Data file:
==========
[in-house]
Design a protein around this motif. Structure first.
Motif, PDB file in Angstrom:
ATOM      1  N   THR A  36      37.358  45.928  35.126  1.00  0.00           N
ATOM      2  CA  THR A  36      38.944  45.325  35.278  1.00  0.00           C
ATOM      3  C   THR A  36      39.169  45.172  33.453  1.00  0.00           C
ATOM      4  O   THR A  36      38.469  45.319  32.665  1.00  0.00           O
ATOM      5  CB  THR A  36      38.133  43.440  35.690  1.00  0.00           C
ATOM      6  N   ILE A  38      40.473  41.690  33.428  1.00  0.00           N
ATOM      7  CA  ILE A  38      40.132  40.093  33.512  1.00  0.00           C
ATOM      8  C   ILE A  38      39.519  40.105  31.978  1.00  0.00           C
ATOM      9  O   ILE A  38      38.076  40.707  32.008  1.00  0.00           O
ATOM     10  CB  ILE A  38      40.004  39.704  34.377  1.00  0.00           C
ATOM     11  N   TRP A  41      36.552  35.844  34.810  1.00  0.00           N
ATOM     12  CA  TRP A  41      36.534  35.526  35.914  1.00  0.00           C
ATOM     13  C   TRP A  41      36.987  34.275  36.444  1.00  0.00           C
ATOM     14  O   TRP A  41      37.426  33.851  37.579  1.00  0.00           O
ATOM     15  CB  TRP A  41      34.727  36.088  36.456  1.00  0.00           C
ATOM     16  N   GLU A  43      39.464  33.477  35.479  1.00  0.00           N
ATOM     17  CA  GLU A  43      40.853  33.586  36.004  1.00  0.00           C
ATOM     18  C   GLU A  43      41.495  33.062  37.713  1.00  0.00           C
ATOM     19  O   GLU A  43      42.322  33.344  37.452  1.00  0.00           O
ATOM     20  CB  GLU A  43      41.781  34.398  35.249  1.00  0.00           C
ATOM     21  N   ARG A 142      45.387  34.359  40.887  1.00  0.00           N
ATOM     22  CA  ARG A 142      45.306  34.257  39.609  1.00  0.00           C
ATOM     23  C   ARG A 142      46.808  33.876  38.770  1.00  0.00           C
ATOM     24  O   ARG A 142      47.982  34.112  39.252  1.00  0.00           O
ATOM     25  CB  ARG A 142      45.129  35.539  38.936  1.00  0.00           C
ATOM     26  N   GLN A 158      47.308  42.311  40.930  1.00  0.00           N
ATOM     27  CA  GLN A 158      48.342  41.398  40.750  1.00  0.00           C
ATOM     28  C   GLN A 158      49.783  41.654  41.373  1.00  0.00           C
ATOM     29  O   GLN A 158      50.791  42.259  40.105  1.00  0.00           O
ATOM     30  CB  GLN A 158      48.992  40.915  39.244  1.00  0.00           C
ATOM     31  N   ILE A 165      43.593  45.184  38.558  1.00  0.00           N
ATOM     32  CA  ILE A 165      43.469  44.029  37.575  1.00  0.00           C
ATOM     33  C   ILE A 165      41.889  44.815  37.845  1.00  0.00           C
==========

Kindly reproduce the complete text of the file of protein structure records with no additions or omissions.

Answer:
[in-house]
Design a protein around this motif. Structure first.
Motif, PDB file in Angstrom:
ATOM      1  N   THR A  36      37.358  45.928  35.126  1.00  0.00           N
ATOM      2  CA  THR A  36      38.944  45.325  35.278  1.00  0.00           C
ATOM      3  C   THR A  36      39.169  45.172  33.453  1.00  0.00           C
ATOM      4  O   THR A  36      38.469  45.319  32.665  1.00  0.00           O
ATOM      5  CB  THR A  36      38.133  43.440  35.690  1.00  0.00           C
ATOM      6  N   ILE A  38      40.473  41.690  33.428  1.00  0.00           N
ATOM      7  CA  ILE A  38      40.132  40.093  33.512  1.00  0.00           C
ATOM      8  C   ILE A  38      39.519  40.105  31.978  1.00  0.00           C
ATOM      9  O   ILE A  38      38.076  40.707  32.008  1.00  0.00           O
ATOM     10  CB  ILE A  38      40.004  39.704  34.377  1.00  0.00           C
ATOM     11  N   TRP A  41      36.552  35.844  34.810  1.00  0.00           N
ATOM     12  CA  TRP A  41      36.534  35.526  35.914  1.00  0.00           C
ATOM     13  C   TRP A  41      36.987  34.275  36.444  1.00  0.00           C
ATOM     14  O   TRP A  41      37.426  33.851  37.579  1.00  0.00           O
ATOM     15  CB  TRP A  41      34.727  36.088  36.456  1.00  0.00           C
ATOM     16  N   GLU A  43      39.464  33.477  35.479  1.00  0.00           N
ATOM     17  CA  GLU A  43      40.853  33.586  36.004  1.00  0.00           C
ATOM     18  C   GLU A  43      41.495  33.062  37.713  1.00  0.00           C
ATOM     19  O   GLU A  43      42.322  33.344  37.452  1.00  0.00           O
ATOM     20  CB  GLU A  43      41.781  34.398  35.249  1.00  0.00           C
ATOM     21  N   ARG A 142      45.387  34.359  40.887  1.00  0.00           N
ATOM     22  CA  ARG A 142      45.306  34.257  39.609  1.00  0.00           C
ATOM     23  C   ARG A 142      46.808  33.876  38.770  1.00  0.00           C
ATOM     24  O   ARG A 142      47.982  34.112  39.252  1.00  0.00           O
ATOM     25  CB  ARG A 142      45.129  35.539  38.936  1.00  0.00           C
ATOM     26  N   GLN A 158      47.308  42.311  40.930  1.00  0.00           N
ATOM     27  CA  GLN A 158      48.342  41.398  40.750  1.00  0.00           C
ATOM     28  C   GLN A 158      49.783  41.654  41.373  1.00  0.00           C
ATOM     29  O   GLN A 158      50.791  42.259  40.105  1.00  0.00           O
ATOM     30  CB  GLN A 158      48.992  40.915  39.244  1.00  0.00           C
ATOM     31  N   ILE A 165      43.593  45.184  38.558  1.00  0.00           N
ATOM     32  CA  ILE A 165      43.469  44.029  37.575  1.00  0.00           C
ATOM     33  C   ILE A 165      41.889  44.815  37.845  1.00  0.00           C